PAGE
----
Spend more than two decades of your life in one place, and you make close friendships, even in prison. The eleven days between the announcement of Mizanskey's release date and his actual departure featured numerous teary good-byes.
One of those good friends was his cellmate for the last few years, Neldon Neal. The 68-year-old Springfield man is currently serving a 16-year sentence for voluntary manslaughter after shooting his wife while intoxicated. His story got some press after he eluded police for 62 days before finally getting caught hiding in the Mark Twain National Forest.
"He might have been more excited for me than I was for me," Mizanskey says jokingly. "Every day he'd say how many more days I have to go, how many hours, that kind of thing. Lots of people were doing that. It was like a big countdown. Even some of the guards were saying things like, 'Just five more days, Mizanskey.'"
Some friends he never got to say good-bye to, including Floyd Newberry. Newberry murdered his wife in 1976 for insurance money — and while he actually had the possibility for parole, he had to serve 50 years of his sentence first. He didn't make it, succumbing to cancer two weeks before Mizanskey's release.
Mizanskey did time with a lot of people who committed horrible crimes, but when you're serving a life sentence in prison, you befriend the people who surround you. And watching friends die behind bars was a grim reminder of what would happen to Mizanskey if he never got out.
"It's hard to get medical treatment in prison," he says. "You have to go through so much bureaucracy just to get help, and even then you might only get to see a nurse practitioner instead of a doctor. If I got seriously ill, who knows what would happen to me? I suspect they'd just let me die, too."
A few days after his release, Mizanskey points to the baseball-sized tumor on his left forearm as proof.
"I couldn't ever convince them to take this out. I've had this for years, and it has just gotten bigger. They just tell me it's fine, don't worry about it — but it's kinda hard not to worry about."
Freed from prison just twelve hours ago, Mizanskey sits at the kitchen table in the home of his oldest son, Robbie, on the outskirts of Sedalia. He has more he wants to say about prison — ways to improve it, ways to keep people like him out of there — but Robbie, a lanky sheet metal crew supervisor, takes his father's mind off all that.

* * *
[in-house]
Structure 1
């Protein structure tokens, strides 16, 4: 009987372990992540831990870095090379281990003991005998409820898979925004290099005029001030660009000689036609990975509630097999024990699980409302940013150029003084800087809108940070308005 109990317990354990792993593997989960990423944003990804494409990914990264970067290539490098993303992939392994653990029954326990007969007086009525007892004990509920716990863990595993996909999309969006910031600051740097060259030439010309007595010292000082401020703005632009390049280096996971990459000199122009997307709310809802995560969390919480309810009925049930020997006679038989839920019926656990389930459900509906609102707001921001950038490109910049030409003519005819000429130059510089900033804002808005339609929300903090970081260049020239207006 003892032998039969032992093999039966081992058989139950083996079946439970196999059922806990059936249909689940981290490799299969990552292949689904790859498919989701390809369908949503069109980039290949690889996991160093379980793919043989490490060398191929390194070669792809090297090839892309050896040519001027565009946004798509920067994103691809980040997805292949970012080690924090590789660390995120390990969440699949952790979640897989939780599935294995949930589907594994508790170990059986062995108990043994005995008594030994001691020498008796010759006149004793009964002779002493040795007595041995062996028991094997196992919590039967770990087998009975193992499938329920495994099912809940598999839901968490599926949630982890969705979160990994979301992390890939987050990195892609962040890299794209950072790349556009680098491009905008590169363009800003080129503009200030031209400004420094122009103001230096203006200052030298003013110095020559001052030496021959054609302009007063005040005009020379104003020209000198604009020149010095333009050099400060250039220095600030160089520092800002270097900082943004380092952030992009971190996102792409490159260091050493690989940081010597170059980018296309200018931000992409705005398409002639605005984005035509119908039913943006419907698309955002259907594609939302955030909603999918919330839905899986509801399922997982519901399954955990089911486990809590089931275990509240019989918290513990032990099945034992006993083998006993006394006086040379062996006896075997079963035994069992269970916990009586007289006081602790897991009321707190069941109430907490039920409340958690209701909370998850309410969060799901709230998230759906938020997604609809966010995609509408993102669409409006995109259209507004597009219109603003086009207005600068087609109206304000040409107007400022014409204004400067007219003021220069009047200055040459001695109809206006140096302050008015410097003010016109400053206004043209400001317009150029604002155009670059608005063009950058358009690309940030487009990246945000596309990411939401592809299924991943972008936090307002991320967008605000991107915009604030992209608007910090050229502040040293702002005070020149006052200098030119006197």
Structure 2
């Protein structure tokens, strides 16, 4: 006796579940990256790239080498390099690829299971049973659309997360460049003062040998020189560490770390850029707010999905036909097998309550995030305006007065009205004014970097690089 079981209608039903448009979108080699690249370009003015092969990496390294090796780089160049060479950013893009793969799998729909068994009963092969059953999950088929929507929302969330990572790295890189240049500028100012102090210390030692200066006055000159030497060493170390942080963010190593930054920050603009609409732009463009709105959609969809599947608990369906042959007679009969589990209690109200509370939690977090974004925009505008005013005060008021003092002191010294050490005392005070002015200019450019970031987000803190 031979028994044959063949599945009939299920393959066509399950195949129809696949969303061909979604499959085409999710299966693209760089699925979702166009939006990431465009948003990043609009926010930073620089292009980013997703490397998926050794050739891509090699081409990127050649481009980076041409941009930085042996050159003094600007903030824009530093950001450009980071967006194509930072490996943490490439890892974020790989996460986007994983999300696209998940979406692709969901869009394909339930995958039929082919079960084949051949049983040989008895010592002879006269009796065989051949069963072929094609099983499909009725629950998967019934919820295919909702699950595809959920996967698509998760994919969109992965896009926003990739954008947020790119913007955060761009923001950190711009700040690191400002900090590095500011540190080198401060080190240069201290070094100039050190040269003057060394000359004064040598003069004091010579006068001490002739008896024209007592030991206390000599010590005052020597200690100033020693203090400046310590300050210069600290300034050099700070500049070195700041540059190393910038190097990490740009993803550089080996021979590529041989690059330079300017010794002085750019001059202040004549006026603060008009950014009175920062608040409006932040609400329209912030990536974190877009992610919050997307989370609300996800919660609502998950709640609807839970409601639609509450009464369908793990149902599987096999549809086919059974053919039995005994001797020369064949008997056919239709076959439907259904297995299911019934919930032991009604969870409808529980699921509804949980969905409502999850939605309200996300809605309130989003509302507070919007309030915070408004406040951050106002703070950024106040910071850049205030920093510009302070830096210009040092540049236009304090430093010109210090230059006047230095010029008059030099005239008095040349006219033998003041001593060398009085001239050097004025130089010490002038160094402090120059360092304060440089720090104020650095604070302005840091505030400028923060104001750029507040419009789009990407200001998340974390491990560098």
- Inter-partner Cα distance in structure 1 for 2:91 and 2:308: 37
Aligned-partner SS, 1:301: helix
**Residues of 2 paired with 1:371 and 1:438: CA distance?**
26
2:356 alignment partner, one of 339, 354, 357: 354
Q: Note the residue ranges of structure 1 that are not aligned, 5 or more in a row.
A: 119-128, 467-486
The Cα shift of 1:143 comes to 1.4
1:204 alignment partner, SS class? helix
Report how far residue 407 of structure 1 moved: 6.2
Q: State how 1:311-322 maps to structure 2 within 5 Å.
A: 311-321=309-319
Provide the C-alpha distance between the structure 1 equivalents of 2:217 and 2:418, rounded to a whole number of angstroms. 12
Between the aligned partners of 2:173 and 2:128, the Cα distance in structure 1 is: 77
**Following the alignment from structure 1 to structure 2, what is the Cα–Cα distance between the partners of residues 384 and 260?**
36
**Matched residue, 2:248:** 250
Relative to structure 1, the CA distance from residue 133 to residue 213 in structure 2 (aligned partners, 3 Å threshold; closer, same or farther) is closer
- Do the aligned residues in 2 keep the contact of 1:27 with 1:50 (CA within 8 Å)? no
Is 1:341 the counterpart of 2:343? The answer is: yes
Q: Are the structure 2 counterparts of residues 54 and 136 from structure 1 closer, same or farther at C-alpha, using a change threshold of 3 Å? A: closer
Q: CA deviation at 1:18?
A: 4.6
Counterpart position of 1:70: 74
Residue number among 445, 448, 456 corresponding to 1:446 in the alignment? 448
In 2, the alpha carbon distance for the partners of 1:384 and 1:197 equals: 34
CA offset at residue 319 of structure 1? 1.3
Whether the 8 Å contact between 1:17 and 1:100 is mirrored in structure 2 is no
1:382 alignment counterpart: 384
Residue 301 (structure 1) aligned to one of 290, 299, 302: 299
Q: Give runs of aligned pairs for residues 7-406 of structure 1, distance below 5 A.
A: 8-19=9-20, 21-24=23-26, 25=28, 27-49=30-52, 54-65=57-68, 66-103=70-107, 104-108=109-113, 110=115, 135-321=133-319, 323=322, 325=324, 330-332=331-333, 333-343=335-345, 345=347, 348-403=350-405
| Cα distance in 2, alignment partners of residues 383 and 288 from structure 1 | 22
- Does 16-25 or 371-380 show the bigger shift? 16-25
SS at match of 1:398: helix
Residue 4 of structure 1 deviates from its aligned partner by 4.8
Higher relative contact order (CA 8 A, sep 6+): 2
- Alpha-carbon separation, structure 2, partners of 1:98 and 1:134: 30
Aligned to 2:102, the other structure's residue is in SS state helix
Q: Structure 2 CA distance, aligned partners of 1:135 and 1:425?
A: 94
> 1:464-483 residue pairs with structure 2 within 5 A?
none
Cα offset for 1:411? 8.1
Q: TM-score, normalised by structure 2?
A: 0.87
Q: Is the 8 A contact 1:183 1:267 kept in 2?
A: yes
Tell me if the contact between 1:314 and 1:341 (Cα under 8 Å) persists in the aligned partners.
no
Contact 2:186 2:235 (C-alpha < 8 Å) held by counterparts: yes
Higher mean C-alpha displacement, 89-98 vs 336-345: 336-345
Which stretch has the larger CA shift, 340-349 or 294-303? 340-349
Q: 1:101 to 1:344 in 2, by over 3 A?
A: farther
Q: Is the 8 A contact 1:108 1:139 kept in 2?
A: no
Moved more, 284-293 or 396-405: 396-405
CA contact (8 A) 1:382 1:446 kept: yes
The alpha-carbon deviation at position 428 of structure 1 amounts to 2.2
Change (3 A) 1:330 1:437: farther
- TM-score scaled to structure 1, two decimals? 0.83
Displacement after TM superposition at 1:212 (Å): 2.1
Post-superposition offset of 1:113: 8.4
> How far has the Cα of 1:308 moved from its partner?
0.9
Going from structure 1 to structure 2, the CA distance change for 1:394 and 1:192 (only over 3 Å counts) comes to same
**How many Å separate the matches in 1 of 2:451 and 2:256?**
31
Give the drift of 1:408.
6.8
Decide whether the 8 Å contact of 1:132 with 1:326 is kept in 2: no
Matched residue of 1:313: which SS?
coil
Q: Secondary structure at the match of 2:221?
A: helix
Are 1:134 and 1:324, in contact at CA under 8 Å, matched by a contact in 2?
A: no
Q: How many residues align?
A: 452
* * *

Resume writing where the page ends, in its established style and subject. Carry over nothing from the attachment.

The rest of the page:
"Look at this, Dad," Robbie says, revealing a tray of thick, lightly seasoned steaks, ready to go on the grill outside.
"Oh, man — that is beautiful," Mizanskey says with a grin.
"And this one's yours," Robbie says, pointing to the biggest cut on the tray — a gigantic T-bone about a foot long and three inches thick. It must weigh at least two pounds. Robbie raises cattle on the side and told his butcher to cut a special steak for his father.
Mizanskey laughs. "I ain't gonna be able to eat all that, but I guess I can try."
As Robbie takes the steaks outside, his wife, Jennifer, sets the side dishes on the table. Among them is a neon green pasta and vinegar dish that Mizanskey's brother Mike brought from a restaurant in Chicago. It was a childhood favorite of Mizanskey's, who grew up in the Windy City, and he can't remember the last time he had it.
As dinner is being prepared, Chris and Mike go over a list of media interviews lined up for Mizanskey over the next few days. He'll have a lot to do — more family to meet, a party, and an invitation to a suite at Busch Stadium to watch the Cardinals take on the Cubs.
"You sure you don't wanna hold off on some of these interviews just for a few days to relax?" Mike asks.
"No, I want to get the word out while I can, help the movement," Mizanskey says. "There's some momentum, and it's good to talk about this now."
He means it. Mizanskey has often said that it wasn't the courts that helped him; they only hurt him. Rather, it was the work of activists, including his family, that forced Missouri politicians to look at the serious problems with the state's drug laws.
"We need to do find alternatives to throwing people in prison for these nonviolent crimes and releasing people like Jeff, nonviolent criminals who have nothing more to gain from being in prison," says Rep. Fitzwater, who plans to invite Mizanskey to the state capitol to meet other lawmakers and talk about alternatives to prison for drug offenders.
Outside, Robbie mans the grill and flips the steaks, giving special attention to the gigantic slab of meat.
"I was about nineteen or twenty when he got locked up," says Robbie, now 42. "When they said life in prison, I didn't even know what to think. I can't even describe it. It's horrible."
Jennifer comes out to check on him. Before she heads back inside, she turns around and says, "Hey, Robbie — your dad's home for dinner."
"Yeah — he's gonna be for a while, too."
Ray Downs is a former staff writer for the Riverfront Times. He first wrote about the Jeff Mizanskey case in October 2013.